Our culture is plagued by free-floating anxiety, exacerbated by the dramatic and devastating news events of our time: tsunamis, hurricanes, 9/11, contended Maclean’s in its Sept. 29 cover story. It’s not that we’re more afraid now than we used to be; it’s that the things we fear are less tangible, and the fear itself more diffuse and promiscuous. It will affix itself to global terrorism or earthquakes one day, killer bees the next. And when people feel a sense of general insecurity, says Donald Carveth, a sociology professor at York’s Glendon campus, their natural response is to try to identify the source, to give the enemy a face and a name, and exert whatever measures of control they can over it. “To feel threatened by vague, abstract forces – that’s terrifying,” he says. “When you’ve got an enemy, no matter how powerful he is, once he’s been identified, you can get him in the sights of your guns.”
TV clicker engages law students in dean’s classroom
Every student in Patrick Monahan‘s first-year public law class has a remote shot at a good grade, reported Canadian Press Sept. 29, picking up an earlier Toronto Star story. That’s because the dean of York’s Osgoode Hall Law School is among a growing number of professors experimenting with a new teaching tool designed to click with their technology-savvy students. Teachers can pose questions, give tests and conduct impromptu polls by giving students a personal response system, commonly known as a “clicker”, a hand-held keypad similar to a TV remote. Last year, Monahan’s students used clickers anonymously. This year, the clickers have been programmed with students’ identification numbers so they can earn up to five per cent of their grade by correctly answering questions. Teachers like Monahan say clickers give them an instant read on how well their students are absorbing the material and, when necessary, they can go back and review the information.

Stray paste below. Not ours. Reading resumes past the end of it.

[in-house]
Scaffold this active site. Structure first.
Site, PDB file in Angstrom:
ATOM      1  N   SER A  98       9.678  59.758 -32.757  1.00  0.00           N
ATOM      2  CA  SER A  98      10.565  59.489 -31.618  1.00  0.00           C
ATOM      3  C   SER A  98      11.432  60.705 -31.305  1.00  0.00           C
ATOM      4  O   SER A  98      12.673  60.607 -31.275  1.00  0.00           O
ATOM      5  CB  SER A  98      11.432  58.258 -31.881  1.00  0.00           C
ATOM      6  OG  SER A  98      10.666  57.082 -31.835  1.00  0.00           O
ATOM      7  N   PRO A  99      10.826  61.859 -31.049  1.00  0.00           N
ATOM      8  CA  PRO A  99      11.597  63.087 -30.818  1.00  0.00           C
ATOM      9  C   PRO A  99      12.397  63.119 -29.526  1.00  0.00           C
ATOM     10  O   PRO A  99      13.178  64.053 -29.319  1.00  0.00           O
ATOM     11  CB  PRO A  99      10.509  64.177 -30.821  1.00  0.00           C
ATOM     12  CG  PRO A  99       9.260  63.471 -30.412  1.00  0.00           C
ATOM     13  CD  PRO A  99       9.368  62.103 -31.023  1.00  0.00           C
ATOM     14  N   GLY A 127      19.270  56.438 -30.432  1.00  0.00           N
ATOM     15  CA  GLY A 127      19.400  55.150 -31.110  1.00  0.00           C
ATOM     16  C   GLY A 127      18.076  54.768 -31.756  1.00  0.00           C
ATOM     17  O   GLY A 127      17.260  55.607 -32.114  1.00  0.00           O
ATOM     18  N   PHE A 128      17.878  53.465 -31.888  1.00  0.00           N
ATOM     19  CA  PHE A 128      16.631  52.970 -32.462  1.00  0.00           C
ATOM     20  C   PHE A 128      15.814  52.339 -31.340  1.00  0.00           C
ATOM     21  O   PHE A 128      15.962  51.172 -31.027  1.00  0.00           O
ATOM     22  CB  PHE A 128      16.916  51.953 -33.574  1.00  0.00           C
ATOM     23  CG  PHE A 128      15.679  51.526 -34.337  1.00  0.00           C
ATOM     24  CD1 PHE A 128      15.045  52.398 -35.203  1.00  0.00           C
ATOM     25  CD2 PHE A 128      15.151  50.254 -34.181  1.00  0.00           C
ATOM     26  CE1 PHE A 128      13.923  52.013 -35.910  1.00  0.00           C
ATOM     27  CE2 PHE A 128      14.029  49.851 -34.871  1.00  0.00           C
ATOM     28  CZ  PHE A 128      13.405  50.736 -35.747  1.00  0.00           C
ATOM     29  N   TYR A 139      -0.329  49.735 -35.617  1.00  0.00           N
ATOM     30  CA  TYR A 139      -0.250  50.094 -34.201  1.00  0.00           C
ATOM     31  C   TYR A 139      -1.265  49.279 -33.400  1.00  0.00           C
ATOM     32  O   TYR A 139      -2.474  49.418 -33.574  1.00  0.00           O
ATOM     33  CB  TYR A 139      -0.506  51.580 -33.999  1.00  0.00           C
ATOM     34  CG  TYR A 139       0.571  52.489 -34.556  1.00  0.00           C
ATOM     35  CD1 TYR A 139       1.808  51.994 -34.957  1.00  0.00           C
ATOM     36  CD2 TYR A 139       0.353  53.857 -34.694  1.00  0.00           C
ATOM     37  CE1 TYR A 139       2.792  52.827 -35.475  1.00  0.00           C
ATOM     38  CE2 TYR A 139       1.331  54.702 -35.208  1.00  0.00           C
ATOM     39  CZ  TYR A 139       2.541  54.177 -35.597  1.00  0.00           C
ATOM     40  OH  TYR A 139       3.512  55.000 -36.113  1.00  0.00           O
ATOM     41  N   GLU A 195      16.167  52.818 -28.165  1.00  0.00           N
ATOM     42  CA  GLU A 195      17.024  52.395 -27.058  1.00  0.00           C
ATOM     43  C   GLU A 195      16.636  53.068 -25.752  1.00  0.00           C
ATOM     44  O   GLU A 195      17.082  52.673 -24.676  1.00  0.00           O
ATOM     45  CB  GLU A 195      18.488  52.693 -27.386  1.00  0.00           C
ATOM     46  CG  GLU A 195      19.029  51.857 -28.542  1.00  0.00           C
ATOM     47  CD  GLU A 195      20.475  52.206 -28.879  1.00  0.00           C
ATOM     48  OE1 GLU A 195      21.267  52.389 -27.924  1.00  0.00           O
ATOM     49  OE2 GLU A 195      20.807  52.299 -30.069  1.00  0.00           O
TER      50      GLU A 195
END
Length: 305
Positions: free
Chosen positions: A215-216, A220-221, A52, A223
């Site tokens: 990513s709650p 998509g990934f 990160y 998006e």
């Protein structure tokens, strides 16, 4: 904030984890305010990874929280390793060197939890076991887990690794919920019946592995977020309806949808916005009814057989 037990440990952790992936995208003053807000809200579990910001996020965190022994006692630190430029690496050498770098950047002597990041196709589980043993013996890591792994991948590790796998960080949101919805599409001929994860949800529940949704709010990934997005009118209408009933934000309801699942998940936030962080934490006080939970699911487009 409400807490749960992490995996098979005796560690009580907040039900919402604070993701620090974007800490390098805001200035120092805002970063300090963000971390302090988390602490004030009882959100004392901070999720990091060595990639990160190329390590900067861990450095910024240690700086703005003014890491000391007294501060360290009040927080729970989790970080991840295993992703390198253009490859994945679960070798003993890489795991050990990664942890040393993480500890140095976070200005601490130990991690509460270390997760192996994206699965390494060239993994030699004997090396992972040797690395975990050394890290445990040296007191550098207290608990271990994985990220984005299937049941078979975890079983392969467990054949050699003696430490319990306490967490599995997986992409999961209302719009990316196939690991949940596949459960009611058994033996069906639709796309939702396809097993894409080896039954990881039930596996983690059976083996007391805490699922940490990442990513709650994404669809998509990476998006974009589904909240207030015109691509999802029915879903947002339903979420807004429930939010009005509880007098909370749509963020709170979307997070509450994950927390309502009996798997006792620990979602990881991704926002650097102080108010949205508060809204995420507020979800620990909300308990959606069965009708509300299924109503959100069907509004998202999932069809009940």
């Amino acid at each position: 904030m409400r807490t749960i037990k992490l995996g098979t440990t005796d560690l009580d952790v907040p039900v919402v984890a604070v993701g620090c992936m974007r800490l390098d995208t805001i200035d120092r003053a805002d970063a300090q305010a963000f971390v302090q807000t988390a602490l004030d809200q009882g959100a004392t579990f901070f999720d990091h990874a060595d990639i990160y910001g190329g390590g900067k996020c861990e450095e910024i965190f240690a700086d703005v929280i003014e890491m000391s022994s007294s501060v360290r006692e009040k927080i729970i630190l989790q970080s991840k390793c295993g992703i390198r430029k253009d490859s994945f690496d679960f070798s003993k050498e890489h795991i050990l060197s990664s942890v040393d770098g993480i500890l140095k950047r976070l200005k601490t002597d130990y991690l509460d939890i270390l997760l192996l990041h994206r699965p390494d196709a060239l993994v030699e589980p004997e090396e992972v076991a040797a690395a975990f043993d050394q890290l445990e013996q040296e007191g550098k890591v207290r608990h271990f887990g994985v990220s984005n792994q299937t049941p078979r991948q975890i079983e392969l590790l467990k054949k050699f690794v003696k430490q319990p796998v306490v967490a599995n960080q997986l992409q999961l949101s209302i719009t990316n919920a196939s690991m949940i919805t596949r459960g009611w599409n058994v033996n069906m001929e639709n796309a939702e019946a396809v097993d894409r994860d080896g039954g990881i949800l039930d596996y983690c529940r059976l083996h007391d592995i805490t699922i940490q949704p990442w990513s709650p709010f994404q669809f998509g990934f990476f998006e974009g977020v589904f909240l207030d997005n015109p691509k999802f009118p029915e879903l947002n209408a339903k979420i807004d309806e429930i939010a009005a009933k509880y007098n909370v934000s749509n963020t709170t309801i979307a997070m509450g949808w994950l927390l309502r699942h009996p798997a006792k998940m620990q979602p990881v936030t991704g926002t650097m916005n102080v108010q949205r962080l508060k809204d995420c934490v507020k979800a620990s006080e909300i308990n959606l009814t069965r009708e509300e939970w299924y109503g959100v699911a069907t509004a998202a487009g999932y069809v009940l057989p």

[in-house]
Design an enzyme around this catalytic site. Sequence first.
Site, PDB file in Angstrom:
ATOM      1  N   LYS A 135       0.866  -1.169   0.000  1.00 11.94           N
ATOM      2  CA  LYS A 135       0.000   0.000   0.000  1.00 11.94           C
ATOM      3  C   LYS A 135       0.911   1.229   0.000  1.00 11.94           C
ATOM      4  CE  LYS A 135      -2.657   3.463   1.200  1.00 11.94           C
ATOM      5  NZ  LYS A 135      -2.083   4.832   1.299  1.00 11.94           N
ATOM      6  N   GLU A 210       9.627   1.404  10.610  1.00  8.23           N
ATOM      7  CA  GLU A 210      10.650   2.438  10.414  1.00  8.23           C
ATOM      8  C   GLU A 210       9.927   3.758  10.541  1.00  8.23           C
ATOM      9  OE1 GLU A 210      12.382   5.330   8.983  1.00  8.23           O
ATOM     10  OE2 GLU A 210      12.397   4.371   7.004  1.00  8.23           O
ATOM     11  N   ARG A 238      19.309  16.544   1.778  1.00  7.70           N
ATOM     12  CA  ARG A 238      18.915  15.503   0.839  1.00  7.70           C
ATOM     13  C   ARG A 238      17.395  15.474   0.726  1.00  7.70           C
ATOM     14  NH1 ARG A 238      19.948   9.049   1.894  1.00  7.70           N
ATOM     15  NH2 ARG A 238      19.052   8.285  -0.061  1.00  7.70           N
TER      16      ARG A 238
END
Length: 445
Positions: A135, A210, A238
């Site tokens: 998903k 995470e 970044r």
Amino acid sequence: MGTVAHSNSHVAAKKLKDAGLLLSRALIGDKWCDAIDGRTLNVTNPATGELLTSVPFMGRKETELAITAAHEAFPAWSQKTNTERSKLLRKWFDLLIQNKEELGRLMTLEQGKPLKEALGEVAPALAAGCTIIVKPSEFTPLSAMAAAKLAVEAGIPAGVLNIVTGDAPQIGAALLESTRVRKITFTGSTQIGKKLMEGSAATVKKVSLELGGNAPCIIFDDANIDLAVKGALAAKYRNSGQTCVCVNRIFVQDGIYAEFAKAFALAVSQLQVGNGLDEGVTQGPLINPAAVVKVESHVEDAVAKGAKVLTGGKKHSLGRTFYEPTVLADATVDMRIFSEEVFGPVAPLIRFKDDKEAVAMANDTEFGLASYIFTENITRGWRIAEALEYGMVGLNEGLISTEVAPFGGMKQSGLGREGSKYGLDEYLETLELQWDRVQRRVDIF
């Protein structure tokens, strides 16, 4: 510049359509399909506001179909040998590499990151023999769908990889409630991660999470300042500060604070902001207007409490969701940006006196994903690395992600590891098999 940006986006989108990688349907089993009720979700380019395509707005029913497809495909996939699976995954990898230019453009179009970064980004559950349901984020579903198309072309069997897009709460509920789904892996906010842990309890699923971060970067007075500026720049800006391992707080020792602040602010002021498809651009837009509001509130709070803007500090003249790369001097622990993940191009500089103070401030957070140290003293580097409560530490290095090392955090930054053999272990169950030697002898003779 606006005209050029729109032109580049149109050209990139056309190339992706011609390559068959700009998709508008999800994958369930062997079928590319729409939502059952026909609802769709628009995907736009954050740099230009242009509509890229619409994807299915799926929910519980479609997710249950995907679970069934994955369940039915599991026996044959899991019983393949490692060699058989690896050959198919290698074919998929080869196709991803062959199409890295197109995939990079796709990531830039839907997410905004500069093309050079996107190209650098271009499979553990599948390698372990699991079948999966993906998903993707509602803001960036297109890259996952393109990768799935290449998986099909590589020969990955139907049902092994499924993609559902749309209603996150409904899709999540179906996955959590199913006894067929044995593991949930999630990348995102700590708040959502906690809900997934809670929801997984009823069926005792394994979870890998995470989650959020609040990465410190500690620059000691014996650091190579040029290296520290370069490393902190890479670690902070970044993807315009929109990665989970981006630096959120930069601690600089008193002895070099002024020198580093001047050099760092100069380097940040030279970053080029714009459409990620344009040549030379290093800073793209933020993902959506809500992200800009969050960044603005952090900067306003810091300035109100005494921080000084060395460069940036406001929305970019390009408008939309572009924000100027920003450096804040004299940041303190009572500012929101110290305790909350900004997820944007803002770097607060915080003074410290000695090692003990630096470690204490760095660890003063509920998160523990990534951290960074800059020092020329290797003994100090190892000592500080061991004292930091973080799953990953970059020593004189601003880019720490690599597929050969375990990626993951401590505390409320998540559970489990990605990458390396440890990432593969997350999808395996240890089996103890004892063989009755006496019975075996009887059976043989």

York grad Fully Committed to 40 parts
For 90 minutes, one man will become 40 others when the comedy Fully Committed arrives at the Capitol Theatre for seven shows, reported the Port Hope Evening Guide Sept. 29. A twelve-time Gemini Award nominee and four-time winner, Peter Keleghan, best known for his roles as Ranger Gord on “The Red Green Show”, the self-absorbed news anchor Jim Walcott in “The Newsroom” and the unpleasant Alan Roy in “Made in Canada”, plays Sam Peliczowski, an out-of-work actor who mans the reservation line at a hot Manhattan restaurant. Sam fields threats, bribes and forceful persuasion from the high and mighty all the way to the wanna-be patrons who all strive for the prime reservation or the right table. Keleghan earned a BA in English from York in 1984.
On career day, first impressions count
Whether at a Bay Street networking breakfast, a large corporate recruiting event at a conference centre or at an MBA career fair, the people charged with hiring new staff often meet dozens, if not hundreds, of people – all of whom are looking for a job. That’s why making a lasting impression is so important, experts say. And that’s where etiquette comes into play, wrote Richard Bloom, a former Report on Business writer who is now an MBA student at York’s Schulich School of Business, in The Globe and Mail Sept. 30. At York, as at other campuses, career day is a big deal. It is an opportunity for students to drop off their resumés to numerous employers in one fell swoop. It is also an excellent venue to find out from recruiters what departments are in need of personnel, how to go about applying for jobs and, perhaps, impress someone in a position to hire a student for that much-coveted (and much-stressed about) first job out of school.